Mass. inmate pulls edged weapon, slashes officer's throat
When an inmate at the maximum security Souza Baranowski Correctional Center in Massachusetts learned he was to be double-bunked on Wednesday night, he pulled out a homemade weapon and slashed one of the escorting officers in the throat and stabbed another in the cheek.
Things could have gotten much worse if it were not for the actions of the second officer who, despite the cheek-stabbing, pulled his slit-throated brother to safety before the inmate could finish him off. Two other officers received minor injuries before the inmate could again be contained.
“It was a pretty heroic action,” said Steve Kenneway, president of the Massachusetts Correction Officers Federated Union, in an interview with the Boston Globe, adding that the officers were both released from the hospital early this morning after treatment for their wounds and were lucky to be alive.
At first glance, the incident looks simply like another violent out lash by an irrational prisoner. However, Kenneway told the Globe that the issue is far deeper than that:
Kenneway said the incident was just the latest in a string of violent episodes at the Souza-Baranowski facility since Massachusetts Governor Deval Patrick’s administration made it the state's only maximum-security prison and then, in January, started double-bunking some inmates.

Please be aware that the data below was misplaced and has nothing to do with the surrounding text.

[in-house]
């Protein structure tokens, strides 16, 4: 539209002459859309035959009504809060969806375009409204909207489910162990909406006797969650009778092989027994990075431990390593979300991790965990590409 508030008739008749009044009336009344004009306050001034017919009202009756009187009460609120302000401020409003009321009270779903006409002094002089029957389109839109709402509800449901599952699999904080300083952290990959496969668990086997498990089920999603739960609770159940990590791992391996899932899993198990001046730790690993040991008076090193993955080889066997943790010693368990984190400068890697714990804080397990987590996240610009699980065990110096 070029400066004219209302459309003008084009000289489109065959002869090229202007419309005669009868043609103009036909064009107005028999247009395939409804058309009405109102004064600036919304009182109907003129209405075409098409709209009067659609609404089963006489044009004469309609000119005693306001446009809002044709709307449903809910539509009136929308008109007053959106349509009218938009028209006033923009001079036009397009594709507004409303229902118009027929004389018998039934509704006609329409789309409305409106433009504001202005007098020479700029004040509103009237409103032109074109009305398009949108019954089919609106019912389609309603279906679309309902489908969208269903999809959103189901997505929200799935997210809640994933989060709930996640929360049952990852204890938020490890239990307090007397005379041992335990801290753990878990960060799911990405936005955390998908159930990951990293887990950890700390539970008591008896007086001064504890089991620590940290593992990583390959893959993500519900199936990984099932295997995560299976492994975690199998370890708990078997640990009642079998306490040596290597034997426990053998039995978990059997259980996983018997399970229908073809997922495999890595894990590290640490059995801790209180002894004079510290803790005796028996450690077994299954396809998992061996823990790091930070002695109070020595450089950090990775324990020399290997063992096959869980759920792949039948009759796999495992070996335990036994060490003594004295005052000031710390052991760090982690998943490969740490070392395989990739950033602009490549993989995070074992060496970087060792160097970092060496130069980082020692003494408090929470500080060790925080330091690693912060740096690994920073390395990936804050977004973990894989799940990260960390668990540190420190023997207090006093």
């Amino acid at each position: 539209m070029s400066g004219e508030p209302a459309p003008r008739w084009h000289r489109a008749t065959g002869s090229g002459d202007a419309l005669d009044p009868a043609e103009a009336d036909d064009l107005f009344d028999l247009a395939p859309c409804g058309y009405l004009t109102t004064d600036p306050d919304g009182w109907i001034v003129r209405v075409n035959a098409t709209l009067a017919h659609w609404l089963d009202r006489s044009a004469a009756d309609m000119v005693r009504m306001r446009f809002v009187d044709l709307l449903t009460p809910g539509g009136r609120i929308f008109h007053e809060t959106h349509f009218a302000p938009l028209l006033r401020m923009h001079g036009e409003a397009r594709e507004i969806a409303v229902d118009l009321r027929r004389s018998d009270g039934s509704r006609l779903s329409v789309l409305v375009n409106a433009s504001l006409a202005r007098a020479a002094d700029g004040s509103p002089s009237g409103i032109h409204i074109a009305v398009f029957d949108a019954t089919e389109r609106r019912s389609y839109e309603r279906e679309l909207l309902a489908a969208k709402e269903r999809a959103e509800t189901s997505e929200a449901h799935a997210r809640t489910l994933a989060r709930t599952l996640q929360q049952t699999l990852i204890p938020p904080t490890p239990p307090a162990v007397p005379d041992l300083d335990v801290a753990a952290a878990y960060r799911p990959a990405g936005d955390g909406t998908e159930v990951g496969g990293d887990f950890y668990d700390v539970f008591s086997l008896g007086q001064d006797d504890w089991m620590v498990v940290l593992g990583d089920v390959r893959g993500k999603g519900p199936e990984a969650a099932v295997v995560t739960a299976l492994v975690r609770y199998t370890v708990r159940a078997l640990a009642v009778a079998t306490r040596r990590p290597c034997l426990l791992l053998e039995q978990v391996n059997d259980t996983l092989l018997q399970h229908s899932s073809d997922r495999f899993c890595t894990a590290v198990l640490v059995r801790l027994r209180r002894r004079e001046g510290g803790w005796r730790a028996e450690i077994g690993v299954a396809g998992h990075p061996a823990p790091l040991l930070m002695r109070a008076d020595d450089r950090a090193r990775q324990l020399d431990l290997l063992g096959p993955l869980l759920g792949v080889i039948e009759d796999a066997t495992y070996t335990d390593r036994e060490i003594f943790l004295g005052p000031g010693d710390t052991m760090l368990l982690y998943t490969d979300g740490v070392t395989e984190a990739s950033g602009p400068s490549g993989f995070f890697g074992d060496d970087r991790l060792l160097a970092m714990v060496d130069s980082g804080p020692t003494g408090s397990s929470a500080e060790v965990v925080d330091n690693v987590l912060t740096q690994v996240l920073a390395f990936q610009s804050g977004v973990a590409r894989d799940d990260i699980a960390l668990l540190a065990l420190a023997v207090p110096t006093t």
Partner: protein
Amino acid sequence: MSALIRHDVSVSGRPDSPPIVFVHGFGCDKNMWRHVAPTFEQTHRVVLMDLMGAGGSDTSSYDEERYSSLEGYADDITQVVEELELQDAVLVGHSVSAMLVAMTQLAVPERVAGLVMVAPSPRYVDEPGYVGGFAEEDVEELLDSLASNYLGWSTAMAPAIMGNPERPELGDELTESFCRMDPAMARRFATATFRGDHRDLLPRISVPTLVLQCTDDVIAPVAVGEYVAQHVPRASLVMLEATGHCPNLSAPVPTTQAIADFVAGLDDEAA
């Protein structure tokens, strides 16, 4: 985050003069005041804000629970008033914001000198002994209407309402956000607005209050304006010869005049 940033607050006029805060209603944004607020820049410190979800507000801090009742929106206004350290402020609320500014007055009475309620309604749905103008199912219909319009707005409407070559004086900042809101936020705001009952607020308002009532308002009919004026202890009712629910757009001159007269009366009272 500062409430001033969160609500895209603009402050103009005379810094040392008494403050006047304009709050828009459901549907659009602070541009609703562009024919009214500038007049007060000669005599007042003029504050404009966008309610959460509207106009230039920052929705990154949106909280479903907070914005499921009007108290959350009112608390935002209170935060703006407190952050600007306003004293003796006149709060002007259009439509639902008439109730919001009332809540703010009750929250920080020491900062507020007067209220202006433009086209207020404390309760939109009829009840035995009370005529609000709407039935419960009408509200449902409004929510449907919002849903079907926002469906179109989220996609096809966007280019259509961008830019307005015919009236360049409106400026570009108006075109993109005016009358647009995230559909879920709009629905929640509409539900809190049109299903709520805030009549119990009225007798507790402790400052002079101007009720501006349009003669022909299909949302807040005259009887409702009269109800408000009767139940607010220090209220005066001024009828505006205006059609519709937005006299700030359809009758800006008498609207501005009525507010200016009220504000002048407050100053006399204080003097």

Calling the prison "out of control,'' Kenneway said, "This policy of double-bunking has caused chaos and this administration is incapable of admitting it's a bad plan."
Kenneway also told the Globe that there have been 30 to 40 assaults on correctional officers at the Souza-Baranowski prison since double-bunking began 10 months ago, and that in the first 18 days of October, officers confiscated 75 weapons from inmates.
The union plans to file a complaint in court to seek an order that would stop double-bunking at the facility, Kenneway said.
"It's dangerous. It's going to lead to the death of an officer or an inmate or both,'' Kenneway said.
Leslie Walker, executive director of Massachusetts Correctional Legal Services, told the Boston Herald that “Souza Baranowski is a nightmare.”
“It’s a powder keg,” she said. “The department decided to put the cart before the horse and double-bunk a facility without thorough planning.”
Walker said a 31-year-old inmate suffered close to three dozen stab wounds in the neck, mouth and groin on Oct. 8 from an inmate wielding a homemade knife. “I don’t want officers stabbed. I don’t want my clients stabbed. I want that prison to be safe for everyone,” she said.